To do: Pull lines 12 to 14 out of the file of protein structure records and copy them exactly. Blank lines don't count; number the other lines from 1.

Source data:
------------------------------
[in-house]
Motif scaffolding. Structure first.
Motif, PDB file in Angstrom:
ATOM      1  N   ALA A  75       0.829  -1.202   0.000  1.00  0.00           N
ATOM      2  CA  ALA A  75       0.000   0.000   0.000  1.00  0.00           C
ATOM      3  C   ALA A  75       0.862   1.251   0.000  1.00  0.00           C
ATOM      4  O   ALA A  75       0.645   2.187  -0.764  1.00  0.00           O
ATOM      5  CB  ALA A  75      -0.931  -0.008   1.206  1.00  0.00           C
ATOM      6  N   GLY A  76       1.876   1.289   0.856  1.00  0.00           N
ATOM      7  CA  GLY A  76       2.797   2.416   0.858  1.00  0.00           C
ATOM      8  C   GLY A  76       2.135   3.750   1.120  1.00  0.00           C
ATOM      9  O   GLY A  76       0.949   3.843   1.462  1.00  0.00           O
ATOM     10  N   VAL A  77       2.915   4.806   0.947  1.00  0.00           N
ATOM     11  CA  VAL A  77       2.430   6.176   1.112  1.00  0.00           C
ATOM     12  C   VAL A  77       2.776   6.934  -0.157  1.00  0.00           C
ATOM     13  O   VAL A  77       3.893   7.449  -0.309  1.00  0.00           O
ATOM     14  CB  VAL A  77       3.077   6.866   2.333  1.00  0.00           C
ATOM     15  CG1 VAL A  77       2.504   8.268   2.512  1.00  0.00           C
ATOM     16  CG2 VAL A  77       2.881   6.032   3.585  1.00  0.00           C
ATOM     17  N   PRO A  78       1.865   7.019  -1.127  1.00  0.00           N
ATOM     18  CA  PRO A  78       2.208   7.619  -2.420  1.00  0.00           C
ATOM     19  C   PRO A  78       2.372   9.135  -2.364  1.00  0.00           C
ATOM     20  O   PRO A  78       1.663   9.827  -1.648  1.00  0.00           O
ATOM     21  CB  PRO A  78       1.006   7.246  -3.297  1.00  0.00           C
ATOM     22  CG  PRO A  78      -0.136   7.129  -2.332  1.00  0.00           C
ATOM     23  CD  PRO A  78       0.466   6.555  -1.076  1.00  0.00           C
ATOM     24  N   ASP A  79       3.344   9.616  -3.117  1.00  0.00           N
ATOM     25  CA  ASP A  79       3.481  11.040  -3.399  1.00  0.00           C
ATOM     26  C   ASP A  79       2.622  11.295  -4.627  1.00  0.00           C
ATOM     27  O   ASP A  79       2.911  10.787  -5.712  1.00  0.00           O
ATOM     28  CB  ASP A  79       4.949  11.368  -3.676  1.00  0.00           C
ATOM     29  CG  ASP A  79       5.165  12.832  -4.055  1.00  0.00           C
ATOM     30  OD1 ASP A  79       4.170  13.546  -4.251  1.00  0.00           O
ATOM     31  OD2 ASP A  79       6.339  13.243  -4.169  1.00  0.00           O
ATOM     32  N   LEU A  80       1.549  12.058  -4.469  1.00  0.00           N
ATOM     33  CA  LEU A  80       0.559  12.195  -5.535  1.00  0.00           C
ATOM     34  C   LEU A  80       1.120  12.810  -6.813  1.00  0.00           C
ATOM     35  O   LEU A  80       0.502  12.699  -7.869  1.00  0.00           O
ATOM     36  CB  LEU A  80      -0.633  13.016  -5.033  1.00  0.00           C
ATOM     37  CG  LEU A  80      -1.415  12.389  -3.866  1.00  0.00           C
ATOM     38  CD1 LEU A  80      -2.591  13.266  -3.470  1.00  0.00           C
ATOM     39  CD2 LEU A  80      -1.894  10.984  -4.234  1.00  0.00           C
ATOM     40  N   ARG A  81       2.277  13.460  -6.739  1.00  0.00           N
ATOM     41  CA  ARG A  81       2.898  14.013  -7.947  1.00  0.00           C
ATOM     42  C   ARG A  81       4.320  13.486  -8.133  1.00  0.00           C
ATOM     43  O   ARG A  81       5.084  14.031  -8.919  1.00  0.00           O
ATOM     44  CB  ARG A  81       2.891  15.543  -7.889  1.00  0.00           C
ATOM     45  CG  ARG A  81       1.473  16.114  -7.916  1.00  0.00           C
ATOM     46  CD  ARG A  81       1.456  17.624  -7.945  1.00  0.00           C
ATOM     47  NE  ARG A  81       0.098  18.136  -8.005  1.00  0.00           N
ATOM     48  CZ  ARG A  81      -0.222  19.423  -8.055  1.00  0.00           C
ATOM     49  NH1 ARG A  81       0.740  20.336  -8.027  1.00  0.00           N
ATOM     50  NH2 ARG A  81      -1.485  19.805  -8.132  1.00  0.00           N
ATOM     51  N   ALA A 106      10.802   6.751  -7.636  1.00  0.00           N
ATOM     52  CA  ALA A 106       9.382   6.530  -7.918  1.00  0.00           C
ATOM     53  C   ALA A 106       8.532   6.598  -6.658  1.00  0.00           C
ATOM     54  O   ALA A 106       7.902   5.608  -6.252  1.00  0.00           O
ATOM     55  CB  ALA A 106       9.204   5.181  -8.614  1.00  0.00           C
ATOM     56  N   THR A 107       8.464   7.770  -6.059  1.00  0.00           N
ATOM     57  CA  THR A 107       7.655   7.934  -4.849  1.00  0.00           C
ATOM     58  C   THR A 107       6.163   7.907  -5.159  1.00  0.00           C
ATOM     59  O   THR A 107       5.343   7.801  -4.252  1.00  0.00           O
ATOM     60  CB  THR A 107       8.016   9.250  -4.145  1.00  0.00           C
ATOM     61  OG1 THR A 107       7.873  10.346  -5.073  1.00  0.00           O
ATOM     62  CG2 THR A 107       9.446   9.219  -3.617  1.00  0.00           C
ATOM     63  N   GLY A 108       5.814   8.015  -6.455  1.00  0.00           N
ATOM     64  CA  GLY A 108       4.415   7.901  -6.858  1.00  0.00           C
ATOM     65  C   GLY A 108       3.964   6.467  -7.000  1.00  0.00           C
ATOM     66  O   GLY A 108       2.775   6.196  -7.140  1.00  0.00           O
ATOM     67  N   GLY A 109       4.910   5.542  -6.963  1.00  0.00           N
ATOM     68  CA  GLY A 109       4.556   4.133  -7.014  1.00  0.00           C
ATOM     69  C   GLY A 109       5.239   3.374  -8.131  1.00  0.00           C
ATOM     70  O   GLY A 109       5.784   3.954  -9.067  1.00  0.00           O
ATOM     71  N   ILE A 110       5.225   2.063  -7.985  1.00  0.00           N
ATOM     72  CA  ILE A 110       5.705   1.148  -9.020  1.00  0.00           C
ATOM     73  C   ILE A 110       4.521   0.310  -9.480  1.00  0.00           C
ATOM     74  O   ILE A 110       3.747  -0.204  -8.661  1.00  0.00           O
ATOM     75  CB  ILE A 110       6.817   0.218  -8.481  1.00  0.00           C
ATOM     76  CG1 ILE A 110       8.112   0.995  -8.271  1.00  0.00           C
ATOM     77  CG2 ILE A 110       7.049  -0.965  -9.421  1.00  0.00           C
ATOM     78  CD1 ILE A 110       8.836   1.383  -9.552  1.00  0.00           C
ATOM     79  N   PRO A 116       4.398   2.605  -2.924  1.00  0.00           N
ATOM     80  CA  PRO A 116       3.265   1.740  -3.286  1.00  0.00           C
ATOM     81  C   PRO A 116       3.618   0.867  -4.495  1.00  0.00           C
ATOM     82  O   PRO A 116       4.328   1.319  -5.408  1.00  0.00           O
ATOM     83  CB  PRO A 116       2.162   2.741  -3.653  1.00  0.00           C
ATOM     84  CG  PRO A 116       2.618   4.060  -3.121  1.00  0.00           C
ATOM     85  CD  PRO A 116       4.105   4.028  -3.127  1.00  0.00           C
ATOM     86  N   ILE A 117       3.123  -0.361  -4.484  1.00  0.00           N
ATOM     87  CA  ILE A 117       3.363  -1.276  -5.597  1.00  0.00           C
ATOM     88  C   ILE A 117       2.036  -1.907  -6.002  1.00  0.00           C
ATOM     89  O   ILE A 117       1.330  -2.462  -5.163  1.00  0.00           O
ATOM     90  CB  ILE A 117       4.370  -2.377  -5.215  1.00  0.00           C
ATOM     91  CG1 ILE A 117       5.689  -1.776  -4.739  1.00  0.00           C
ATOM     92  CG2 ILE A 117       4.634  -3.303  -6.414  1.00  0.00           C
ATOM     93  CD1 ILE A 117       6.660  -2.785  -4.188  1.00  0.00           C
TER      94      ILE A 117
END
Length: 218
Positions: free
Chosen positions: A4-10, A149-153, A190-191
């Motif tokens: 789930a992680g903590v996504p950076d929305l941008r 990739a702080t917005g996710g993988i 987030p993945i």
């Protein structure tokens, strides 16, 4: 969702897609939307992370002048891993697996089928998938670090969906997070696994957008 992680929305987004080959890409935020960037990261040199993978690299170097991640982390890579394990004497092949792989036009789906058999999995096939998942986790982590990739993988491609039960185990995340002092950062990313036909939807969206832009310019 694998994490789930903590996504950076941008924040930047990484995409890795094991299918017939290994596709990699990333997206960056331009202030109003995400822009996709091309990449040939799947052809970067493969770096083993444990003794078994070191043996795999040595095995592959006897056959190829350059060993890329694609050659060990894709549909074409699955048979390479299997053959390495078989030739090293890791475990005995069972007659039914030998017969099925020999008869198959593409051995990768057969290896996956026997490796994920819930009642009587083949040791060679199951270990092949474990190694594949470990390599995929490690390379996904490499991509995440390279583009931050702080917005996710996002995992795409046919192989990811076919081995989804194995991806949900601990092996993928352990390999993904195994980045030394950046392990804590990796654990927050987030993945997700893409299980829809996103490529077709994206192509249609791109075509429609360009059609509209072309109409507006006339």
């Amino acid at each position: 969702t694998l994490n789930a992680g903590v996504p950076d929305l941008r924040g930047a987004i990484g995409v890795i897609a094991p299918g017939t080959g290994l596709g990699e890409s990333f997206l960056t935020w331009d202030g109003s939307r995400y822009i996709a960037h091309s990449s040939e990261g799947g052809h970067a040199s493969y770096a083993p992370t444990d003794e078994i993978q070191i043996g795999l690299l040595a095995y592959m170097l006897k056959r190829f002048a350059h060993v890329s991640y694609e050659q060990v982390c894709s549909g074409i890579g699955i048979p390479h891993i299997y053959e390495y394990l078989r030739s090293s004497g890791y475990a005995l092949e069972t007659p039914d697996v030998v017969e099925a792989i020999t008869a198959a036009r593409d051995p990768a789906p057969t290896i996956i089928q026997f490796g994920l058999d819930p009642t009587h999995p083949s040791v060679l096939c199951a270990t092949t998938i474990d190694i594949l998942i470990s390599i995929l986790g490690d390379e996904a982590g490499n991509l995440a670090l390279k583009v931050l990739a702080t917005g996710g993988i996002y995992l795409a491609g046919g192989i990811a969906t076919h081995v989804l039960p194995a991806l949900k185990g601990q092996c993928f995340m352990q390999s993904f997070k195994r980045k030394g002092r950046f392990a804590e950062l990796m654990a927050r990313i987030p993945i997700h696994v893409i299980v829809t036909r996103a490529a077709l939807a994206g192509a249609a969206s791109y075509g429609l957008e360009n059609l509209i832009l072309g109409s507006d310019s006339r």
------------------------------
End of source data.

ATOM      9  O   GLY A  76       0.949   3.843   1.462  1.00  0.00           O
ATOM     10  N   VAL A  77       2.915   4.806   0.947  1.00  0.00           N
ATOM     11  CA  VAL A  77       2.430   6.176   1.112  1.00  0.00           C